Gulf of Tomini
From Gorontalo, I took the ferry to Pagimana in Central Sulawesi. The coastal road was littered with large reptilian roadkill. I passed small fishing villages: houses on stilts over the tranquil Molucca Sea. Since it was Sunday again, the small outrigger boats were pulled up onto the shore. Thousands of small, silvery fish were drying on tarpaulins laid out in front yards.
Over a fish lunch I chatted with Emrai, a young man whose aunt had died in the liquifacted ground in Palu, and whose mother had decided to move far away from the horrific memories to eastern Sumatra. Emrai, still clearly in shock, was travelling to support her there.
Rainclouds threatened as I left Ampana and rode along the coast. When the downpour arrived, I pulled my bike under the shelter of a small warung (restaurant). Tim and Martin, German tourists from Leipzig, were there, drinking coffee. They were two of only a handful of foreigners I saw in Sulawesi.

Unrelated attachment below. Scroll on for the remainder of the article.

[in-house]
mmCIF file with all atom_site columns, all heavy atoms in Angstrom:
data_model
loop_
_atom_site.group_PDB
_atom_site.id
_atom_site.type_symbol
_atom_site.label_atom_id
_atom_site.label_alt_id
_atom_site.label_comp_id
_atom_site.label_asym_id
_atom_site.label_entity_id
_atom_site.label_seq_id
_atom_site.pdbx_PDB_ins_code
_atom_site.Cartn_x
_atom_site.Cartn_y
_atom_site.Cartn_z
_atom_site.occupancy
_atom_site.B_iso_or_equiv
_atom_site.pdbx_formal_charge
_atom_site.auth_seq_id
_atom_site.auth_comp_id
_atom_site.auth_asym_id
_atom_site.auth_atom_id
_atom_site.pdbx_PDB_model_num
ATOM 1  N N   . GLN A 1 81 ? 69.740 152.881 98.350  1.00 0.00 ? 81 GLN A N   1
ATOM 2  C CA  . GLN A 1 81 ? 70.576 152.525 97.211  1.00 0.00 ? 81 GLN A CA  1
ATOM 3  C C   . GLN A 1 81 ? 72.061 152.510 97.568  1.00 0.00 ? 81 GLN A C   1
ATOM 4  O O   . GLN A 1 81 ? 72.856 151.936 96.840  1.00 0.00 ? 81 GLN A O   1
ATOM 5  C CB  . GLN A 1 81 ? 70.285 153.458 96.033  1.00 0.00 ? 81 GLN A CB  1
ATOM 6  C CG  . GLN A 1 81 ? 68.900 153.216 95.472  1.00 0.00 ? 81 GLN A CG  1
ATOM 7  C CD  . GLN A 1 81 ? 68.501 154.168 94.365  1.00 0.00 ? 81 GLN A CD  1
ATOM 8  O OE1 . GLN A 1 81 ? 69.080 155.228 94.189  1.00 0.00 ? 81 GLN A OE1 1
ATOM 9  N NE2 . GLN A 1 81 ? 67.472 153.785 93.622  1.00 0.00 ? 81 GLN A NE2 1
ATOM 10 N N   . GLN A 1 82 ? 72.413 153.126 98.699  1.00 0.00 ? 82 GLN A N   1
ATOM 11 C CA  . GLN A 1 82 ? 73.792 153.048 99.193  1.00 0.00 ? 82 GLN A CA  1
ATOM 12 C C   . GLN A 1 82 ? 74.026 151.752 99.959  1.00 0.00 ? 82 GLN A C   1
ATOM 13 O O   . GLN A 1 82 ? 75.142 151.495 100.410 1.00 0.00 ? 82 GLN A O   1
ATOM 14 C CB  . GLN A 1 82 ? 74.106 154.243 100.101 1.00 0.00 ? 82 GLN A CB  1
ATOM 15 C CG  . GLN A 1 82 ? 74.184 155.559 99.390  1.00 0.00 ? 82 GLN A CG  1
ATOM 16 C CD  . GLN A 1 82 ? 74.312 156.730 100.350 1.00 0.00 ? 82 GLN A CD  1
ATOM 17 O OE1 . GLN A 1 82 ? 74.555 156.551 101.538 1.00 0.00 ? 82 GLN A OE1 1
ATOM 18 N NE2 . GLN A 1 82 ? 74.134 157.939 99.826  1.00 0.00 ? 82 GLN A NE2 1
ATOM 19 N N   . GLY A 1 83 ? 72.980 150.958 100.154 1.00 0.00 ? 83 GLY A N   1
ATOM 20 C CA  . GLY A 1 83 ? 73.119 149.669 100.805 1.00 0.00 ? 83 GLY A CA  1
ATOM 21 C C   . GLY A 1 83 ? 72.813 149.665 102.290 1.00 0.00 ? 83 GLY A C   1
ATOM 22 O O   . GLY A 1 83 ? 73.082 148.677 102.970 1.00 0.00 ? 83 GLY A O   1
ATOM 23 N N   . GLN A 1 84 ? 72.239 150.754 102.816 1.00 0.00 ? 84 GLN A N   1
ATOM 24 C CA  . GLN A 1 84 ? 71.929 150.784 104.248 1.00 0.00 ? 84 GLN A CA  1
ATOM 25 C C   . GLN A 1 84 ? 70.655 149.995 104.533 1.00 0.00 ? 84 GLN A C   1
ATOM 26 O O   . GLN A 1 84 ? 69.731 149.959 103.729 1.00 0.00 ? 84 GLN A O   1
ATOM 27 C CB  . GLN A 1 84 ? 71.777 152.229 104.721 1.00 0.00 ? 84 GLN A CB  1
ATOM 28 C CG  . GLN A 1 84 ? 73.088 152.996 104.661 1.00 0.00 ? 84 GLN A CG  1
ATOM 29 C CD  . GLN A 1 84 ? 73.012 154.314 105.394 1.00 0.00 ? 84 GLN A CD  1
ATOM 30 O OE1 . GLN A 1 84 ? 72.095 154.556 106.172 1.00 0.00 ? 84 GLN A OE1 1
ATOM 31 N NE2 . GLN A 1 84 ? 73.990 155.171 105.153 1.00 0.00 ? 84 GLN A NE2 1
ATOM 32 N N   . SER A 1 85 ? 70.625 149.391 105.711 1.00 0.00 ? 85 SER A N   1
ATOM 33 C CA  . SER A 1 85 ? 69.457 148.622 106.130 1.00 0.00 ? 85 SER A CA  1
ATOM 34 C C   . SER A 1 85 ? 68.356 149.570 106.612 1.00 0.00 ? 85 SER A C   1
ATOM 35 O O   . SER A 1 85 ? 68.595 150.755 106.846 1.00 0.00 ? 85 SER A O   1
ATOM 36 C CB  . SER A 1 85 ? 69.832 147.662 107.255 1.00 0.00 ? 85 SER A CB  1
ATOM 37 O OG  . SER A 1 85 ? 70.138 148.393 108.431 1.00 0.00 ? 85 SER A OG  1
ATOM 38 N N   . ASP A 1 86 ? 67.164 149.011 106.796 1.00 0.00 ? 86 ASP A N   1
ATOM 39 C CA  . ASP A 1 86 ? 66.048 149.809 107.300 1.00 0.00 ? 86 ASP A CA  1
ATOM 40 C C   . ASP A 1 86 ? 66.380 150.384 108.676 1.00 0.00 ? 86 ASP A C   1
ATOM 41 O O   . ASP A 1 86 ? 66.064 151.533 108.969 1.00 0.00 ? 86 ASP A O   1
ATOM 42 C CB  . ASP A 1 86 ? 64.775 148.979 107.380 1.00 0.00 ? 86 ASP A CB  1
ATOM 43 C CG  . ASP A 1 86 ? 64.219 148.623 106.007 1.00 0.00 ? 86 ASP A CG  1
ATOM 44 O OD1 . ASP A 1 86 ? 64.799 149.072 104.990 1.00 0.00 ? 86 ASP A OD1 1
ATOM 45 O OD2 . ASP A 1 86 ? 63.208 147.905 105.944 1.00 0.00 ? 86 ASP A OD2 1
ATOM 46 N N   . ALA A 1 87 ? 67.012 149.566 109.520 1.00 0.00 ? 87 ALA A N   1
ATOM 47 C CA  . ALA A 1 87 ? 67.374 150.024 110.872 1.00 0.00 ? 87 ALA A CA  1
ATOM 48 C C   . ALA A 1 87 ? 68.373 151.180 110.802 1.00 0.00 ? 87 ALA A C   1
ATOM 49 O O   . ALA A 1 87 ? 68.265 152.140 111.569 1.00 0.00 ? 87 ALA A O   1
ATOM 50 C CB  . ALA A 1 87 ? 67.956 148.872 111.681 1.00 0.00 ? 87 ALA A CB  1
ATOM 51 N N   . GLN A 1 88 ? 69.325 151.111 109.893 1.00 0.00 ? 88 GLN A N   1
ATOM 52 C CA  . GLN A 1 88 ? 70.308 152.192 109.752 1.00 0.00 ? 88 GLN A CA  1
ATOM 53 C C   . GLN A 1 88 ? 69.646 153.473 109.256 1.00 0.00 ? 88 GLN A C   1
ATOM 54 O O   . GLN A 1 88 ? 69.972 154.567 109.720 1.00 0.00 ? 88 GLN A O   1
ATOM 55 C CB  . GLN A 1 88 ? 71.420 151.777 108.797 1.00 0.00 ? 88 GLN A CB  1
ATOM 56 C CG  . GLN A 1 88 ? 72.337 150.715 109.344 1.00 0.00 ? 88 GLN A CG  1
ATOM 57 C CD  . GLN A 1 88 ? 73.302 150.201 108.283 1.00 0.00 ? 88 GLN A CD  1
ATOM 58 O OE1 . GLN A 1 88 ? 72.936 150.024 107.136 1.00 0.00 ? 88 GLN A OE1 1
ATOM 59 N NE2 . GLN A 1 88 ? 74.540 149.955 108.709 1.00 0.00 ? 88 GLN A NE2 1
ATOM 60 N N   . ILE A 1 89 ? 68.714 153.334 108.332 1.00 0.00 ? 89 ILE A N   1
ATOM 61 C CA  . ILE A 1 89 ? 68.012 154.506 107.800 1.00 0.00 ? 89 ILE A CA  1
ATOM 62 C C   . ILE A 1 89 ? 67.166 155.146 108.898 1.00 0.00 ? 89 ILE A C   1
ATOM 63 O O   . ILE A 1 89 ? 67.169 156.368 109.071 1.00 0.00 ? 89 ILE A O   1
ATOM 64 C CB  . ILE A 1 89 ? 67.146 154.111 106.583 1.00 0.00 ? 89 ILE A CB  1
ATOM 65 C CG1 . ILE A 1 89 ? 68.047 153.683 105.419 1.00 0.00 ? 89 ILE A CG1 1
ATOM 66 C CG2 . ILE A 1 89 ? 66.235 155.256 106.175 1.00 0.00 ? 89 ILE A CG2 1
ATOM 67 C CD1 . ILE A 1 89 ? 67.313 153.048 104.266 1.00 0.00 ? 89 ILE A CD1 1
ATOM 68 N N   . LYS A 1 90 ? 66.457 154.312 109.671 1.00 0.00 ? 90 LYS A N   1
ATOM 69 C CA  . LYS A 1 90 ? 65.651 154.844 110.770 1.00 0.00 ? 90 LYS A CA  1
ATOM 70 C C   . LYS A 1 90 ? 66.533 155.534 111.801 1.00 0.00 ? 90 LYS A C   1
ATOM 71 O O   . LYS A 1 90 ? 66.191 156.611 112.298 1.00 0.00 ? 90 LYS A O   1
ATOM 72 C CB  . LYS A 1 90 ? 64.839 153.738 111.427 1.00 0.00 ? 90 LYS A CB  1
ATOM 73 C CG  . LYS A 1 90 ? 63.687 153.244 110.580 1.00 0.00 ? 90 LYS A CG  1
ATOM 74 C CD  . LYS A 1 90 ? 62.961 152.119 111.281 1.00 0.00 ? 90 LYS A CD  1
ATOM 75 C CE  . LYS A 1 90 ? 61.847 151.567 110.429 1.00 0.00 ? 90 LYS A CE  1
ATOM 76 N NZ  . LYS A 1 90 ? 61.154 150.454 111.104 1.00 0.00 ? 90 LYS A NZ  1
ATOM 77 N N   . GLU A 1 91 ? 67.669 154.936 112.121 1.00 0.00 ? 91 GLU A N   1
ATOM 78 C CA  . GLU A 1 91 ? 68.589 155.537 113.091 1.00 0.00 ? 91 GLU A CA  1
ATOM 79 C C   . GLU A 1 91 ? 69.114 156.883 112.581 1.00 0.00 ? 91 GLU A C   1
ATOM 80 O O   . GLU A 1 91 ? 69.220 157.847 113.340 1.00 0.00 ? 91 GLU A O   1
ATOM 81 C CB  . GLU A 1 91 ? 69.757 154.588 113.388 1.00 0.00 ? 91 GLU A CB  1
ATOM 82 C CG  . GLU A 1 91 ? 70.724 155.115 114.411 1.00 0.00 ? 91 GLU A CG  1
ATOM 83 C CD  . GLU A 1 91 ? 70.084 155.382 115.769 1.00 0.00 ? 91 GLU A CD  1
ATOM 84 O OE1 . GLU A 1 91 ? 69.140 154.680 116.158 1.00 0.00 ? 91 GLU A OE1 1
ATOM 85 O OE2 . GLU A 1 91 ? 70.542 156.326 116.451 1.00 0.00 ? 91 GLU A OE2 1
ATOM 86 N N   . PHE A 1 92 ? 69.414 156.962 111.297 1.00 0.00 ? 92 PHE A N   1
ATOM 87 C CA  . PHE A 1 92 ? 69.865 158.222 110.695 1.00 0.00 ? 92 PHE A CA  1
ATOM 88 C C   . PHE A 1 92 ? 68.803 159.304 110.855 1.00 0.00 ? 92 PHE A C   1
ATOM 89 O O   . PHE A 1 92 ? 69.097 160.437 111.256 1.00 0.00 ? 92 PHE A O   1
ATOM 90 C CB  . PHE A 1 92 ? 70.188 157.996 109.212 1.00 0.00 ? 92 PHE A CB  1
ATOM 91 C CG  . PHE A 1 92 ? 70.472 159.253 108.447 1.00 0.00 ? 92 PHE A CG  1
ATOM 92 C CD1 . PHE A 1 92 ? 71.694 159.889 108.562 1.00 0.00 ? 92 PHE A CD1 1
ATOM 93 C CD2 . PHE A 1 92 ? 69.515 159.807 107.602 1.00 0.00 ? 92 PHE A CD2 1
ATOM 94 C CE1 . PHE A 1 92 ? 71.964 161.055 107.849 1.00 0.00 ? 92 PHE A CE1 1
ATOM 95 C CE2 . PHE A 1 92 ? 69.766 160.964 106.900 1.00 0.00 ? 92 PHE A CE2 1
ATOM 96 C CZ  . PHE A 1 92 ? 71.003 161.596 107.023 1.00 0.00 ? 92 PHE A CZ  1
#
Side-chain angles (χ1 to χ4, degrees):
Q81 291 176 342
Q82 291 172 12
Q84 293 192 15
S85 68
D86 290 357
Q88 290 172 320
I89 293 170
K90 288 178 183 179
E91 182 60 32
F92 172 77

Continuing down the coast, I rode through pretty villages filled with flowers and dotted with posters featuring smiling or serious-looking candidates for next spring’s elections. Eventually I arrived at the northern end of Lake Poso.
The ride along the western shore of Lake Poso was a day of two halves. It began easily, among cocoa plantations. Then the road surface started to deteriorate and the gradient steepened. Near the top, I met three young men from Palu driving a van. They were taking donated clothing and other needed items to victims in their city.
Next day the road twisted and climbed into a deep forest at the base of Mount Balease. It was filled with the sound of crickets, frogs, birds and mammals. Hundreds of butterflies – red, yellow and black – fluttered by as I sweated up the hills.
Arriving in Rantepao, I booked into an hotel to use as a base for exploring this high-profile tourist area. There were no others tourists. The two guides I spoke to had both suffered financially from cancellations caused by concerns for safety after the earthquake. One of the guides took me to see a Torajian funeral, one of most distinctive features of the culture.